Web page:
Hubble also devised the most commonly used system for classifying galaxies, grouping them according to their appearance in photographic images. He arranged the different groups of galaxies in what became known as the Hubble sequence.

Redshift increases with distance

The 100-inch (2.5 m) Hooker telescope at Mount Wilson Observatory that Hubble used to measure galaxy distances and a value for the rate of expansion of the universe.

Hubble is generally credited with discovering[6] the redshift of galaxies. However, these measurements and their significance were understood before 1918 by James Edward Keeler (Lick & Allegheny), Vesto Melvin Slipher (Lowell), and Professor William Wallace Campbell (Lick) at other observatories. Combining his own measurements of galaxy distances based on Henrietta Swan Leavitt's period-luminosity relationship for Cepheids with Vesto Slipher's measurements of the redshifts associated with the galaxies, Hubble and Milton L. Humason discovered a rough proportionality of the objects' distances with their redshifts. Though there was considerable scatter (now known to be due to peculiar velocities), Hubble and Humason were able to plot a trend line from the 46 galaxies they studied and obtained a value for the Hubble-Humason constant of 500 km/s/Mpc, which is much higher than the currently accepted value due to errors in their distance calibrations.[7] In 1929 Hubble and Humason formulated the empirical Redshift Distance Law of galaxies, nowadays termed simply Hubble's law, which, if the redshift is interpreted as a measure of recession speed, is consistent with the solutions of Einstein’s equations of general relativity for a homogeneous, isotropic expanding space. Although concepts underlying an expanding universe were well understood earlier, this statement by Hubble and Humason led to wider scale acceptance for this view. The law states that the greater the distance between any two galaxies, the greater their relative speed of separation.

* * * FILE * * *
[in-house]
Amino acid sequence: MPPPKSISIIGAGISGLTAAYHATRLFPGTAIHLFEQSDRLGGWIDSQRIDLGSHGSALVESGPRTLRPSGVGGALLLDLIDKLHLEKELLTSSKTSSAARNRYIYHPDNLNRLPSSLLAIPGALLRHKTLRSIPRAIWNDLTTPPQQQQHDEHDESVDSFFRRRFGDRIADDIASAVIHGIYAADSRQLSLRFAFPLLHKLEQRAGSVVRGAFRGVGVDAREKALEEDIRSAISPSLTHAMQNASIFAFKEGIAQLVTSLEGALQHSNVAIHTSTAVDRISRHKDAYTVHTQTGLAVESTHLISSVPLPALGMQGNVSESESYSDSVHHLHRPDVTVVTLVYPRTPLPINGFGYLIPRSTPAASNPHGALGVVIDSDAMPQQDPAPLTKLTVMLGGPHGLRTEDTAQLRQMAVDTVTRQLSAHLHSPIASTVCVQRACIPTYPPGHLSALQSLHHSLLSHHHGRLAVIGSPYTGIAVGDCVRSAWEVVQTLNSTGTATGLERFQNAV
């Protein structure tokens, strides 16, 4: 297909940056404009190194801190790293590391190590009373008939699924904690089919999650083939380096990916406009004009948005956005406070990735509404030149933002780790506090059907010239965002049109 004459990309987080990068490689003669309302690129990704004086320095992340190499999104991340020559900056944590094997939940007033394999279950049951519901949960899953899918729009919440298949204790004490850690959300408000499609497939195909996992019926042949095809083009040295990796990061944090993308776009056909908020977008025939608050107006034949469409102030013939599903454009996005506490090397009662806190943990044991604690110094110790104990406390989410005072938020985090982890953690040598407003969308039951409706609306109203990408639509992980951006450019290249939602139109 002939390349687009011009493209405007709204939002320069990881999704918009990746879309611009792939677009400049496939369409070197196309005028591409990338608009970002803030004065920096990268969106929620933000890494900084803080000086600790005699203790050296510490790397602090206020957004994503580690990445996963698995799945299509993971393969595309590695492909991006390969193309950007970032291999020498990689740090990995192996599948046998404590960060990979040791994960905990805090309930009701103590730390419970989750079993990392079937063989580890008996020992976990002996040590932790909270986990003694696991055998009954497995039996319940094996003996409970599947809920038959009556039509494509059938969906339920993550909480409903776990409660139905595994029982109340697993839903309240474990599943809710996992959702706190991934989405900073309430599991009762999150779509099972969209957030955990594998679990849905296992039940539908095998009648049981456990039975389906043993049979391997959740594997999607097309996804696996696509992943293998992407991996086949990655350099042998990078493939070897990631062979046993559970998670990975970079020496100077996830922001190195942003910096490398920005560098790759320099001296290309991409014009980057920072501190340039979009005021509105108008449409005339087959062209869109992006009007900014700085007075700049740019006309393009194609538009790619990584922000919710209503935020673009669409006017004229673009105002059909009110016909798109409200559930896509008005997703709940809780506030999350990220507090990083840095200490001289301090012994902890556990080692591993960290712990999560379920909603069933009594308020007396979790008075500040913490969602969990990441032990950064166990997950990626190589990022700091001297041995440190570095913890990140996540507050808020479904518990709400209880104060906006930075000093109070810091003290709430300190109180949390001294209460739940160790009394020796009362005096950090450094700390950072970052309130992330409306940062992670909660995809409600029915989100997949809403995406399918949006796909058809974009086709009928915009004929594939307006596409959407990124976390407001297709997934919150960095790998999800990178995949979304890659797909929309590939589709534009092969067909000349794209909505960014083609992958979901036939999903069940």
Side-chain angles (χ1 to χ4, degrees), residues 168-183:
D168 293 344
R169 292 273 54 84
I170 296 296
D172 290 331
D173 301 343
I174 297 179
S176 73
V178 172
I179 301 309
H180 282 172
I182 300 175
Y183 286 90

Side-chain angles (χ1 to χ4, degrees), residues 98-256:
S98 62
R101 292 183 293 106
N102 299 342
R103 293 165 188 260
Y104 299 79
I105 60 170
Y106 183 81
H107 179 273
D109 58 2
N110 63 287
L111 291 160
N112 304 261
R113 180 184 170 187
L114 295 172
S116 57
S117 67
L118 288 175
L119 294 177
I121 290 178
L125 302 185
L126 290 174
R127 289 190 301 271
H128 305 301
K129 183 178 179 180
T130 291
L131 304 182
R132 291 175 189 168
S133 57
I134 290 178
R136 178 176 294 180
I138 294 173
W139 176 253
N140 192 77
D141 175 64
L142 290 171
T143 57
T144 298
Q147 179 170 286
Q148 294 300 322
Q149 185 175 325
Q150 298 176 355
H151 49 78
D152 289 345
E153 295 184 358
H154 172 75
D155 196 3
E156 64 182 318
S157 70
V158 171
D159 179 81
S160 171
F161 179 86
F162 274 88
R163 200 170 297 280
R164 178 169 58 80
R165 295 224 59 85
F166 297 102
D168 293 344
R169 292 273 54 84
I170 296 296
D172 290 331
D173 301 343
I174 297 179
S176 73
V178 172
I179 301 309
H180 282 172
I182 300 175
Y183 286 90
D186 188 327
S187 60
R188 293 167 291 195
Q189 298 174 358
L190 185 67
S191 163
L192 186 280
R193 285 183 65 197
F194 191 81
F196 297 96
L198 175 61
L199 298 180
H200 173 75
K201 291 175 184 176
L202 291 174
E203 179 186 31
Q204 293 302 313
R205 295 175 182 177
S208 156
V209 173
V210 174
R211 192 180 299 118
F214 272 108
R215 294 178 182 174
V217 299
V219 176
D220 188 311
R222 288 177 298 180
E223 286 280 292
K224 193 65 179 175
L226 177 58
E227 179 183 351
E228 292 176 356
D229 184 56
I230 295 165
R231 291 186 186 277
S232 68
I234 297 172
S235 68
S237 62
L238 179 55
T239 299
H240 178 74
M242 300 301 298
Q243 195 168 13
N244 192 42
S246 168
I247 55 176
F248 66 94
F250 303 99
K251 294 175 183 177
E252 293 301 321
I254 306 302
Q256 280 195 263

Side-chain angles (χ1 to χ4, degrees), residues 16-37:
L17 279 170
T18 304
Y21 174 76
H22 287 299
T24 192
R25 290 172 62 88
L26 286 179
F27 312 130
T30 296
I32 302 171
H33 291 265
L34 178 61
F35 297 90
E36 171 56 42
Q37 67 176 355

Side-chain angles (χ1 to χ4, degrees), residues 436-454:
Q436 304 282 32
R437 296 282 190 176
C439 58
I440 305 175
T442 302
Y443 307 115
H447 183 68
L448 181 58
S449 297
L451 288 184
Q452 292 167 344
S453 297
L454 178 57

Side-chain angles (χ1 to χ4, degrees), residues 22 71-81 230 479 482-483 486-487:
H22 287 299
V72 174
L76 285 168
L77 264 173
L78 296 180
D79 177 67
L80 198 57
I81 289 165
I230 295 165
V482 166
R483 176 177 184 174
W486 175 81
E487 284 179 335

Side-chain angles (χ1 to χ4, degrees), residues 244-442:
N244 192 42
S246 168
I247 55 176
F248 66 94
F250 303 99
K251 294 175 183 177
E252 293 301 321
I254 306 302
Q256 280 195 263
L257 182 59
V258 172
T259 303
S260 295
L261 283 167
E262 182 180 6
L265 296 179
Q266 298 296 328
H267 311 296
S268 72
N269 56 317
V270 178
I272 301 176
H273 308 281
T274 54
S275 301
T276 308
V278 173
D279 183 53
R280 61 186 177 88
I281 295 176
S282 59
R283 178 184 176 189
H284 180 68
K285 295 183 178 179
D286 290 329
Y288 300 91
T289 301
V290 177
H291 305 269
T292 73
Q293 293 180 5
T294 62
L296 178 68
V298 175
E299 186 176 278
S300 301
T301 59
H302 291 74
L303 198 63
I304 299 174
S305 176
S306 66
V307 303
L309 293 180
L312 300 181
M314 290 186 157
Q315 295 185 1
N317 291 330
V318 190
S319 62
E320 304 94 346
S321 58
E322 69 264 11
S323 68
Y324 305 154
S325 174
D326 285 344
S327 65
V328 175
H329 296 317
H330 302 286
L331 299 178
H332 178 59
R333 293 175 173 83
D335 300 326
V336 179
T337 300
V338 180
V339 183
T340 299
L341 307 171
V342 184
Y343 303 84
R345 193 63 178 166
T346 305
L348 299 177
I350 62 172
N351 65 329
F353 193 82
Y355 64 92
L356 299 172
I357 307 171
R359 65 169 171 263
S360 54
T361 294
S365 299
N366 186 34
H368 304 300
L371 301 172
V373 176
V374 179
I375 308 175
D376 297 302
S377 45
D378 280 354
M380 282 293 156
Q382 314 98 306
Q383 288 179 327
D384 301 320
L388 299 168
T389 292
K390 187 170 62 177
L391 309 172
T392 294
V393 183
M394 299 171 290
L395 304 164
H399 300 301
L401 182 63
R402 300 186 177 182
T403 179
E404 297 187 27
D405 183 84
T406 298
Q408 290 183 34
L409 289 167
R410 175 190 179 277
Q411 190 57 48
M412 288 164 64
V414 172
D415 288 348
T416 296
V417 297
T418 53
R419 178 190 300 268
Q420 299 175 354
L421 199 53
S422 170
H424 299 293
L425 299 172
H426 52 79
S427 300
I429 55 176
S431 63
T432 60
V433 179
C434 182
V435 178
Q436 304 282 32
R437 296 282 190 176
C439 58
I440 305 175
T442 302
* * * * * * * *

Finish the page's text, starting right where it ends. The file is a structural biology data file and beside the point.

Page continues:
This discovery was the first observational support for the Big Bang theory which had been proposed by Georges Lemaître in 1927. The observed velocities of distant galaxies, taken together with the cosmological principle appeared to show that the Universe was expanding in a manner consistent with the Friedmann-Lemaître model of general relativity. In 1931 Hubble wrote a letter to the Dutch cosmologist Willem De Sitter expressing his opinion on the theoretical interpretation of the redshift-distance relation:[8]

"... we use the term 'apparent velocities' in order to emphasize the empirical feature of the correlation. The interpretation, we feel, should be left to you and the very few others who are competent to discuss the matter with authority."

Today, the 'apparent velocities' in question are understood as an increase in proper distance that occurs due to the expansion of space. Light traveling through stretching space will experience a Hubble-type redshift, a mechanism different from the Doppler effect (although the two mechanisms become equivalent descriptions related by a coordinate transformation for nearby galaxies).

In the 1930s Hubble was involved in determining the distribution of galaxies and spatial curvature. These data seemed to indicate that the universe was flat and homogeneous, but there was a deviation from flatness at large redshifts. According to Allan Sandage,

"Hubble believed that his count data gave a more reasonable result concerning spatial curvature if the redshift correction was made assuming no recession. To the very end of his writings he maintained this position, favouring (or at the very least keeping open) the model where no true expansion exists, and therefore that the redshift "represents a hitherto unrecognized principle of nature."[9]

There were methodological problems with Hubble's survey technique that showed a deviation from flatness at large redshifts. In particular the technique did not account for changes in luminosity of galaxies due to galaxy evolution.

Earlier, in 1917, Albert Einstein had found that his newly developed theory of general relativity indicated that the universe must be either expanding or contracting. Unable to believe what his own equations were telling him, Einstein introduced a cosmological constant (a "fudge factor") to the equations to avoid this "problem". When Einstein heard of Hubble's discovery, he said that changing his equations was "the biggest blunder of [his] life".[10]

Other discoveries

Hubble discovered the asteroid 1373 Cincinnati on August 30, 1939. He also wrote The Observational Approach to Cosmology and The Realm of the Nebulae around this time.

Nobel Prize